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  1. Chapter 1 Introduction to Clustering

  2. Section 1.1 Introduction

  3. Objectives • Introduce clustering and unsupervised learning. • Explain the various forms of cluster analysis. • Outline several key distance metrics used as estimates of experimental unit similarity.

  4. Course Overview

  5. Definition • “Cluster analysis is a set of methods for constructing a (hopefully) sensible and informative classification of an initially unclassified set of data, using the variable values observed on each individual.” • B. S. Everitt (1998), “The Cambridge Dictionary of Statistics”

  6. Unsupervised Learning Learning without a priori knowledge about the classification of samples; learning without a teacher. Kohonen (1995), “Self-Organizing Maps”

  7. Section 1.2 Types of Clustering

  8. Objectives • Distinguish between the two major classes of clustering methods: • hierarchical clustering • optimization (partitive) clustering.

  9. Hierarchical Clustering Iteration Agglomerative Divisive 1 2 3 4

  10. (error) (error) (error) Propagation of Errors Iteration 1 2 3 4

  11. Old location X X X X X X X X X New location X X X “Seeds” Observations Initial State Final State Optimization (Partitive) Clustering

  12. Heuristic Search • Find an initial partition of the n objects into g groups. • Calculate the change in the error function produced by moving each observation from its own cluster to another group. • Make the change resulting in the greatest improvement in the error function. • Repeat steps 2 and 3 until no move results in improvement.

  13. Section 1.3 Similarity Metrics

  14. Objectives • Define similarity and what comprises a good measure of similarity. • Describe a variety of similarity metrics.

  15. What Is Similarity? • Although the concept of similarity is fundamental to our thinking, it is also often difficult to precisely quantify. • Which is more similar to a duck: a crow or a penguin? • The metric that you choose to operationalize similarity (for example, Euclidean distance or Pearson correlation) often impacts the clusters you recover.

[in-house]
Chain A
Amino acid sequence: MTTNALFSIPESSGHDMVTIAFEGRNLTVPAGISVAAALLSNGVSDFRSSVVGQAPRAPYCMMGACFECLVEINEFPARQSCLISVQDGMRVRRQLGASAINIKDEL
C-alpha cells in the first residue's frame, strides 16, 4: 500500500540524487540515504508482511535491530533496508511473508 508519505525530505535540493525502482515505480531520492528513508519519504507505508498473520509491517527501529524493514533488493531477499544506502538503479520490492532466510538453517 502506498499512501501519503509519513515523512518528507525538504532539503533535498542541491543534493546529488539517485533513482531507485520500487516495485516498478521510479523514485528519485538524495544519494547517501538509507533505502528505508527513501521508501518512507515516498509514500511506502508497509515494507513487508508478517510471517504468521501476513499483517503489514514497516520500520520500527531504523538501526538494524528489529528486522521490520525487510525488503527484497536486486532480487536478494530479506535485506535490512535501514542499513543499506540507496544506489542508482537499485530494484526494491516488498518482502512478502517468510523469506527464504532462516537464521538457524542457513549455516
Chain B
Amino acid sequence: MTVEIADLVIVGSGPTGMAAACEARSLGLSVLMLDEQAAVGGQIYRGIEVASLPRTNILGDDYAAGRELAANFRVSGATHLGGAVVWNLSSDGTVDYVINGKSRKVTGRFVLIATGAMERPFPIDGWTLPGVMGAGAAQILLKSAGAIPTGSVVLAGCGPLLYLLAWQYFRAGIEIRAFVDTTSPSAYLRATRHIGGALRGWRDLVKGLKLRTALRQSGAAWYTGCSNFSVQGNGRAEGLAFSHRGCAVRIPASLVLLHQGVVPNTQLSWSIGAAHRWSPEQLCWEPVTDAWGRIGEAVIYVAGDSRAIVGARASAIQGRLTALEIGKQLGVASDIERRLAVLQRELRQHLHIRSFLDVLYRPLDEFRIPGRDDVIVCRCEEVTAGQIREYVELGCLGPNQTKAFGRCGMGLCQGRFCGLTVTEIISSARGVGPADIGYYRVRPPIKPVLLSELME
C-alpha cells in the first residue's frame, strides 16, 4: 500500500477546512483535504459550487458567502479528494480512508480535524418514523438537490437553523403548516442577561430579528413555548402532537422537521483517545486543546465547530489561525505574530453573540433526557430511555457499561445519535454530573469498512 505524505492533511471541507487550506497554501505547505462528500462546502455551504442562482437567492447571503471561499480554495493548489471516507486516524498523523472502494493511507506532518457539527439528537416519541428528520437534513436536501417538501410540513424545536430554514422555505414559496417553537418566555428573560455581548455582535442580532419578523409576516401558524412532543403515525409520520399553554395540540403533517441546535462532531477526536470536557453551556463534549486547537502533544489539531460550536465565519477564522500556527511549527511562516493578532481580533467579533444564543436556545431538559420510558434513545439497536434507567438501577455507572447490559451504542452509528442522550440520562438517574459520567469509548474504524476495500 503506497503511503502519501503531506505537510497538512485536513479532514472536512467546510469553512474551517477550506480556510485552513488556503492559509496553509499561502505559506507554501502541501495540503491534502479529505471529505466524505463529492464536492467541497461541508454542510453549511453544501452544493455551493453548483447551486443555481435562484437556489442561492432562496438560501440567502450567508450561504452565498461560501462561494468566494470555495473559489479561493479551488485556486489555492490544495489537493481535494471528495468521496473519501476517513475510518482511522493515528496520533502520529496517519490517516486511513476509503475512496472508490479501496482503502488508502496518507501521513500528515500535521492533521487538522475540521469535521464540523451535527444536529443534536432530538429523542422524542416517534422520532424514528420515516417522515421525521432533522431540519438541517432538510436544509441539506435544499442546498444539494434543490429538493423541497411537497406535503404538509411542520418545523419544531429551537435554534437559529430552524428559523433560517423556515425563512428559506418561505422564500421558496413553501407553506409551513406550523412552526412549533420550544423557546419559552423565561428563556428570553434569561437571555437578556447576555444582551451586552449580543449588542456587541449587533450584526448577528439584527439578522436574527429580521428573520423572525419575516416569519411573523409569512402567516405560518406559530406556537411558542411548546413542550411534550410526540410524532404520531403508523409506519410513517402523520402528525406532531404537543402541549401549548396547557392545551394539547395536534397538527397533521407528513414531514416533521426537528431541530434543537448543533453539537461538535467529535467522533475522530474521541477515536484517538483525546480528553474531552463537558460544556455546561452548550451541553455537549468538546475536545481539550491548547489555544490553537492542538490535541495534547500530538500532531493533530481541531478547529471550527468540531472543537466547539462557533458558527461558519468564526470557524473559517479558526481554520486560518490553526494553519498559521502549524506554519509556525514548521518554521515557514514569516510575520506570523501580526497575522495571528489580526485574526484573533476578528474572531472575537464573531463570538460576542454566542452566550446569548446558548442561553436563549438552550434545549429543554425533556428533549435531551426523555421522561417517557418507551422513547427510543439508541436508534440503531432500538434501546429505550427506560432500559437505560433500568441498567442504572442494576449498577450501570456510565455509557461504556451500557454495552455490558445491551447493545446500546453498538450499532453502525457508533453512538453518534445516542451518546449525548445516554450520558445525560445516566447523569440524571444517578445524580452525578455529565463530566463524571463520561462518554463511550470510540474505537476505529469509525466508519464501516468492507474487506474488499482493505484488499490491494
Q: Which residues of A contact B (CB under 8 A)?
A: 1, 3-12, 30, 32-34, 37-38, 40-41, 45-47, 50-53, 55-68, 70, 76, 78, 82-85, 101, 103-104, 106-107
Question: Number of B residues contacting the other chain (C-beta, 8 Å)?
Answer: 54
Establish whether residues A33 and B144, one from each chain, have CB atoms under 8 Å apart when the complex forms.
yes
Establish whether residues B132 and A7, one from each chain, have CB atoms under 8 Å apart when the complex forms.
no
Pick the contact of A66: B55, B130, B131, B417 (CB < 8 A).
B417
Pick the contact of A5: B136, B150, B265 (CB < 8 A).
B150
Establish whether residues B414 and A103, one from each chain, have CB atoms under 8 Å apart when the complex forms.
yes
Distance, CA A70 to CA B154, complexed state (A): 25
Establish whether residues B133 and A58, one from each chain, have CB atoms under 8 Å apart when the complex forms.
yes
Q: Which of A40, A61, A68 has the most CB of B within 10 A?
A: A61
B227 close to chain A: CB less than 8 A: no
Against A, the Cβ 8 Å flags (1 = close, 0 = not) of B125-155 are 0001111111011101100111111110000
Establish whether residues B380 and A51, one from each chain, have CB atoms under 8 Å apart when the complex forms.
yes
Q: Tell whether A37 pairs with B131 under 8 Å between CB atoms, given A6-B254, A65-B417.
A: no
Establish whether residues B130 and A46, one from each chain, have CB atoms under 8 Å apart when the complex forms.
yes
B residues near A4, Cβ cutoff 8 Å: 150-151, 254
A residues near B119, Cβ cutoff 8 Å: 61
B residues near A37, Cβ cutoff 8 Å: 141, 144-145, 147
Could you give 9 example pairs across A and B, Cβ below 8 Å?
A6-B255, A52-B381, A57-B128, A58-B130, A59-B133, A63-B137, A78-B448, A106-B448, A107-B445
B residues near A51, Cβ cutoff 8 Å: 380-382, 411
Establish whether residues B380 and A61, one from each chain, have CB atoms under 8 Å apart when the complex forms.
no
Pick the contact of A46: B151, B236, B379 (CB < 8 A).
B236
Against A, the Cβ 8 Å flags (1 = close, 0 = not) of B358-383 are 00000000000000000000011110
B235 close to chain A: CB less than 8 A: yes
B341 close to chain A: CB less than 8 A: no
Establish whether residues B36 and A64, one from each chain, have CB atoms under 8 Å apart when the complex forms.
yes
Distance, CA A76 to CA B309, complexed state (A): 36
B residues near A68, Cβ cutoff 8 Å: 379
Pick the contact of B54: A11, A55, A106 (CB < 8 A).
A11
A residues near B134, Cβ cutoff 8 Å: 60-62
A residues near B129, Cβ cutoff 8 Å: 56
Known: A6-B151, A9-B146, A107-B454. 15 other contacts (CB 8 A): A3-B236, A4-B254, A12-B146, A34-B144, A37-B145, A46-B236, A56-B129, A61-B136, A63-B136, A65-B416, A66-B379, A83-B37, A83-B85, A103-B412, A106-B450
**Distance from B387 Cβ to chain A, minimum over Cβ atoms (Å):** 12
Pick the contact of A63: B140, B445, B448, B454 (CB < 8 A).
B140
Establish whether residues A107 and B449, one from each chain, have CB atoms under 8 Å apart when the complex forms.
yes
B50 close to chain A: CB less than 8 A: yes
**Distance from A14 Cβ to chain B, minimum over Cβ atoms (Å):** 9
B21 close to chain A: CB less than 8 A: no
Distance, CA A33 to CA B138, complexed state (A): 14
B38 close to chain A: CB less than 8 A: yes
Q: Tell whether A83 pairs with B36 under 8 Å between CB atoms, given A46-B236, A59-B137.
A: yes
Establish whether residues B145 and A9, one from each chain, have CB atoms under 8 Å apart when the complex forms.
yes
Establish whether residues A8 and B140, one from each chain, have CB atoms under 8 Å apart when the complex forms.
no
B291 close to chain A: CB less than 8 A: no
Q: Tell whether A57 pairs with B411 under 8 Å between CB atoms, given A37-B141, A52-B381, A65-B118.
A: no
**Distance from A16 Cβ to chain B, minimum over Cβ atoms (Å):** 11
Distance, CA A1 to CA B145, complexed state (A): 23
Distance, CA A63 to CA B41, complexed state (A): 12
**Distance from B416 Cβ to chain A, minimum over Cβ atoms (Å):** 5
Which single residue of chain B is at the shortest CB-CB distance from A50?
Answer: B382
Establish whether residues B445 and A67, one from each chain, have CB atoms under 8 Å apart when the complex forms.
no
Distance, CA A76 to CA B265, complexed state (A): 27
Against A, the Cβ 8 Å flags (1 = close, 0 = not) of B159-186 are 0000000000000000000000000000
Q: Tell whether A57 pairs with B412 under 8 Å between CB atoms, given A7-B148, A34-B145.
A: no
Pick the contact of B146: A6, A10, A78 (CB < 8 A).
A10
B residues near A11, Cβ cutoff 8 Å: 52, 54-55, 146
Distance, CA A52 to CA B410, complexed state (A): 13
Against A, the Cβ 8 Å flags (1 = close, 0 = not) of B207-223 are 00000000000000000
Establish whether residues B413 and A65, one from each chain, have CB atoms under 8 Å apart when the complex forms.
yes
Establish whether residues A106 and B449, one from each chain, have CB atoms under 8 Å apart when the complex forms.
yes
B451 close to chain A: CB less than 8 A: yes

16. What Makes a Good Similarity Metric? • The following principles have been identified as a foundation of any good similarity metric: • symmetry: d(x,y) = d(y,x) • non-identical distinguishability: if d(x,y)  0 then x  y • identical non-distinguishability: if d(x,y) = 0 then x = y • Some popular similarity metrics (for example, correlation) fail to meet one or more of these criteria.

  17. Euclidean Distance Similarity Metric • Pythagorean Theorem: The square of the hypotenuse is equal to the sum of the squares of the other two sides. (x1, x2) x2 (0, 0) x1

  18. (x1,x2) City Block Distance Similarity Metric • City block (Manhattan) distance is the distance between two points measured along axes at right angles. (w1,w2)

  19. . . . . . . . . . Marie . . Marie . . . . • No Similarity . . . . . . . . . . . . . . . . . . . . Tom . Jerry . . . • Dissimilar Jerry Correlation Similarity Metrics • Similar Tom

  20. The Problem with Correlation • VariableObservation 1Observation 2 • x1 5 51 • x2 4 42 • x3 3 33 • x4 2 24 • x5 1 15 • Mean 3 33 • Std. Dev. 1.5811 14.2302 • The correlation between observations 1 and 2 is a perfect 1.0, but are the observations really similar?

  21. Density Estimate Based Similarity Metrics • Clusters can be seen as areas of increased observation density. Similarity is a function of the distance between the identified density bubbles (hyper-spheres). similarity Density Estimate 2 (Cluster 2) Density Estimate 1 (Cluster 1)

  22. Hamming Distance Similarity Metric • 1 2 3 4 5 … 17 • Gene A0 1 10010 0 10 01 1 1 001 • Gene B 0 1 11000 0 11 11 1 1 011 • DH = 0 0 0 1 0 1 0 0 0 11 0 0 0 0 1 0 = 5 • Gene expression levels under 17 conditions • (low=0, high=1)

  23. The DISTANCE Procedure • General form of the DISTANCE procedure: • Both the PROC DISTANCE statement and the VAR statement are required. PROCDISTANCEMETHOD=method <options> ; COPY variables; VAR level (variables < / option-list >) ; RUN;

  24. Generating Distancesch1s3d1 • This demonstration illustrates the impact on cluster formation of two distance metrics generated by the DISTANCE procedure.

  25. Section 1.4 Classification Performance

  26. Objectives • Use classification matrices to determine the quality of a proposed cluster solution. • Use the chi-square and Cramer’s V statistic to assess the relative strength of the derived association.

  27. No Solution Typical Solution Quality of the Cluster Solution Perfect Solution

  28. Probability Frequency Probability of Cluster Assignment The probability that a cluster number represents a given class is given by the cluster’s proportion of the row total.

  29. The Chi-Square Statistic • The chi-square statistic (and associated probability) • determine whether an association exists • depend on sample size • do not measure the strength of the association.

  30. S T R O N G WEAK 0 1 C R A M E R ' S V S T A T I S T I C Measuring Strength of an Association  Cramer’s V ranges from -1 to 1 for 2X2 tables.